As models go, the Burke-Litwin change model is one of the most complex models. While McKinsey’s 7S model works on seven factors, the Burke-Litwin model includes 12 factors, each interrelated. It is therefore more complex than even the Twelve-Step model for change. Let’s review and summarize the factors.
In most models, the external environment is the spark that sets off the process. Here, it’s more than that, as the external environment not only often provides the initial energy for the change, but it also shapes how the change works its way through the organization.
There’s no doubt that good leadership is critical to every organization, but it is doubly so when it comes to implementing change. Without clear leadership, organizations may get stuck in what William Bridges would call “the Neutral Zone.” (See the Bridges Transition model.) Leadership is notoriously difficult to define, as Rost indicates in Leadership for the Twenty-First Century, but also critically important, as Edith Penrose explains in The Theory of the Growth of the Firm.
Mission and Strategy
While too many organizations have uninspiring missions that are more platitude than practicality, the change’s alignment with the mission of the organization can accelerate or slow a change. (See The Heretic’s Guide to Management for more on platitudes.) Strategy can similarly be informed or informal. Simon Sinek encourages organizations to Start with Why in motivating their employees and planning their strategies.
Culture is the result of the people and the environment of the organization but, once established, tends to be self-sealing and protective of itself. (See Organizational Chemistry for more.) Because of this, it is both influenced by and influences the other factors of the model.
Management practices are the way that people are managed – from very authoritarian models to more open and inclusive models. (See Reinventing Organizations for more.)
Nearly every organization has an organizational chart. That chart puts structure around the relationships between people. Structure – like the structure provided by the bones of the human body – is a good and necessary thing. Some structures – like management practices – encourage more free-flowing change and others more regimented change.
Systems here are the kinds of systems that Michael Gerber advocates in The E-Myth. They’re the processes and procedures that the organizations uses to achieve consistent results.
Work Unit Climate
Fredrick Herzberg’s Harvard Business Review article, “One More Time: How Do You Motivate Employees?” was published in 1968 and became the most requested reprint that HBR has ever had. In his research, Herzberg identified that the relationships with supervisors, peers, and subordinates have a substantial impact on motivations. These work units can either embrace or resist change depending upon their makeup. If they’re too tightly coupled, they’ll reject the outside change; and if they’re too loosely coupled, they’ll chase any change that comes – never finishing any of the changes they start (see Richard Hackman’s Collaborative Intelligence for more).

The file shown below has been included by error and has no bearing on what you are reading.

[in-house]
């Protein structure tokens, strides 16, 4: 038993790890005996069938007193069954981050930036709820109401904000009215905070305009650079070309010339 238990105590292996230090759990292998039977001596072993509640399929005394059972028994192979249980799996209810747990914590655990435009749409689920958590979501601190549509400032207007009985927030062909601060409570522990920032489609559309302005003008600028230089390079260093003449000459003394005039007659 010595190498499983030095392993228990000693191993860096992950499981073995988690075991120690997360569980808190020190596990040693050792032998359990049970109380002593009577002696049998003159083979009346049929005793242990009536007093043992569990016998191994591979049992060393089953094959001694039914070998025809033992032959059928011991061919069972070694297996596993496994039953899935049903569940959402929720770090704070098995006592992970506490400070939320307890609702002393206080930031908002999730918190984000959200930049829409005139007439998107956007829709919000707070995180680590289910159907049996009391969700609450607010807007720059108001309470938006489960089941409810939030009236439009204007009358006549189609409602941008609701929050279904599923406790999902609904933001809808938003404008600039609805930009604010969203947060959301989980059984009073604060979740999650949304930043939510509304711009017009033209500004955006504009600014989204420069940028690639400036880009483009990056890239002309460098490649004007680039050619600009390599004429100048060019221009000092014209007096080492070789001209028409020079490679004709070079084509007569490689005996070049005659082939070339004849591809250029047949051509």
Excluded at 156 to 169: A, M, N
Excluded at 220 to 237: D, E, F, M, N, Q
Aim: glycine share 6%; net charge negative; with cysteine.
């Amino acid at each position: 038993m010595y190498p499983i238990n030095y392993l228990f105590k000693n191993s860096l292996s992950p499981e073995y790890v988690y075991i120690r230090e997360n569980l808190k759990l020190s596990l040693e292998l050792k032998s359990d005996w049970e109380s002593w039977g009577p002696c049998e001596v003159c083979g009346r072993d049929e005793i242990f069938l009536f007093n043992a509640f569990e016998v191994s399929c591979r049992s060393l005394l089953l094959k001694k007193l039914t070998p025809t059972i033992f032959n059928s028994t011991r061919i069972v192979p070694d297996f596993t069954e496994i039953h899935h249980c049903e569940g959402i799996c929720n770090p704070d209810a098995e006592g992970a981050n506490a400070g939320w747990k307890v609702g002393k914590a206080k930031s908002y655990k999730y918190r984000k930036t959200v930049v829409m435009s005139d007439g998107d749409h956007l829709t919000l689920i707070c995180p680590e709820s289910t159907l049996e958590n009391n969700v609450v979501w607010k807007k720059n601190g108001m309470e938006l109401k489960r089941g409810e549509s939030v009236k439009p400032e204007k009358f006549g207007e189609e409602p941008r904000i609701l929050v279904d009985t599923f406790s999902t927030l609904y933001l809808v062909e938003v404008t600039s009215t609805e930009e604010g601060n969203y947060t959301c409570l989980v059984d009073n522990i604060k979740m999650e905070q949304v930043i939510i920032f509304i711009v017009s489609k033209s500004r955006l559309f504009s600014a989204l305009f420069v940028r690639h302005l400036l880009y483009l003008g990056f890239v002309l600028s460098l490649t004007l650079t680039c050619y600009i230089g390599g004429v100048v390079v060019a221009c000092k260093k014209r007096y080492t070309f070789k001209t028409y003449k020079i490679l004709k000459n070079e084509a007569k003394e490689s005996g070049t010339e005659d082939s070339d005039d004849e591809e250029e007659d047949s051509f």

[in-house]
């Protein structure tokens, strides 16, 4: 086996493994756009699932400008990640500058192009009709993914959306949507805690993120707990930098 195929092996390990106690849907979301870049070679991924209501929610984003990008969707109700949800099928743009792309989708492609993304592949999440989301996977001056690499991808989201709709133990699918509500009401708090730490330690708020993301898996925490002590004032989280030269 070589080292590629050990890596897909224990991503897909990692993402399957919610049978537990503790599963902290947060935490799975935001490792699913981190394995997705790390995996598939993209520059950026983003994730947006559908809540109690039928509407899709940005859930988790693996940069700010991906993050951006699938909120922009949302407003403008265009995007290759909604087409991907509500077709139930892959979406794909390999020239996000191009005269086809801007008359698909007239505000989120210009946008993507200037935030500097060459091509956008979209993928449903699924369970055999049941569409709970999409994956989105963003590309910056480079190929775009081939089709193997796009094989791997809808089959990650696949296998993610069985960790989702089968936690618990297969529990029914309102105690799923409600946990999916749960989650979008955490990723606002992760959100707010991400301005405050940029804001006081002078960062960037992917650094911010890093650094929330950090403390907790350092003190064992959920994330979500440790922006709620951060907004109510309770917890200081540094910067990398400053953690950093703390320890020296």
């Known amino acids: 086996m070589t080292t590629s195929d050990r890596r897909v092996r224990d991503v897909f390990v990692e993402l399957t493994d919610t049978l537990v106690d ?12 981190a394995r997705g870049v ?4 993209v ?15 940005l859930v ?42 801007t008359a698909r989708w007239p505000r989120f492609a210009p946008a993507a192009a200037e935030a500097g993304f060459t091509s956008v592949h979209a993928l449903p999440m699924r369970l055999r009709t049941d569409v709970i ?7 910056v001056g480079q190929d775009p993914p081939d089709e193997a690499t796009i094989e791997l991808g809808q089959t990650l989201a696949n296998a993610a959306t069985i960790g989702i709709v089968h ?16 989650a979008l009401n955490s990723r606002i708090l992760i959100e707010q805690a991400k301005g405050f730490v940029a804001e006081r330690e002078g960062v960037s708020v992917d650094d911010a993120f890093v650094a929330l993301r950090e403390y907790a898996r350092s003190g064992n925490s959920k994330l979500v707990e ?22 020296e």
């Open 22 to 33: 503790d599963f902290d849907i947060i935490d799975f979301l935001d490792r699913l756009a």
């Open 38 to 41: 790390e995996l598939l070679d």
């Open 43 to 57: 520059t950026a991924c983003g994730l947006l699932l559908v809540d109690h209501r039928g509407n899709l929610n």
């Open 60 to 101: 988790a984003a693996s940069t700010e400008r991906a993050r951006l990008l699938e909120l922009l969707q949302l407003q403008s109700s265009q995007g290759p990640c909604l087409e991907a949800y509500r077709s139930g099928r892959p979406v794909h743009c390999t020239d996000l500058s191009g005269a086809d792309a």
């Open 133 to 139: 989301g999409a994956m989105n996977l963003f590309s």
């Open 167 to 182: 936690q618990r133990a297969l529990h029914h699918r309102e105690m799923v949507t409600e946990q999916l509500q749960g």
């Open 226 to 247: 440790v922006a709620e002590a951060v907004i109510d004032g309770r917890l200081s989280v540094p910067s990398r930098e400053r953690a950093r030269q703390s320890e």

The greater degree to which the skills people have fit the changes, the faster they’ll become. In How Will You Measure Your Life?, Clayton Christensen proposes that we need to find tasks that are aligned with who we want to be. If the changes are contrary to the skills employees possess, then change will be harder to accomplish. In ADKAR, the second A is about the ability – or skills – to accomplish the change.
Steven Reiss reduced the factors that motivate people to sixteen items. (See The Normal Personality.) These factors, he claims, motivate all of us differently. With everyone being motivated differently, they’ll respond differently as the organization changes – and they’ll change the organization in ways that align to their motivators.
Individual Needs and Values
We can’t ignore that individuals are not cogs in a giant machine. They influence the other factors – and are influenced by them. It’s important if not critical to assess the individual needs and values for the people influencing the change to know how to motivate them. Jonathan Haidt in The Righteous Mind argues that the entire foundation of morality rests on six values that we all share in varying degrees. It’s up to us to understand how people solve challenges between these values (see How Good People Make Tough Choices for more).
To the victor go the spoils. Those organizations whose performance keeps improving can easily afford to invest more in change than those that are struggling. It’s not that struggling organizations won’t invest in change – they may have to – it’s that it will be harder for them to do so.
The primary criticism of the Burke-Litwin model is that it’s too complex. It’s difficult to identify, much less adjust, 12 factors. Despite this, it’s a good index of the kinds of factors one must address to accomplish change in their organization.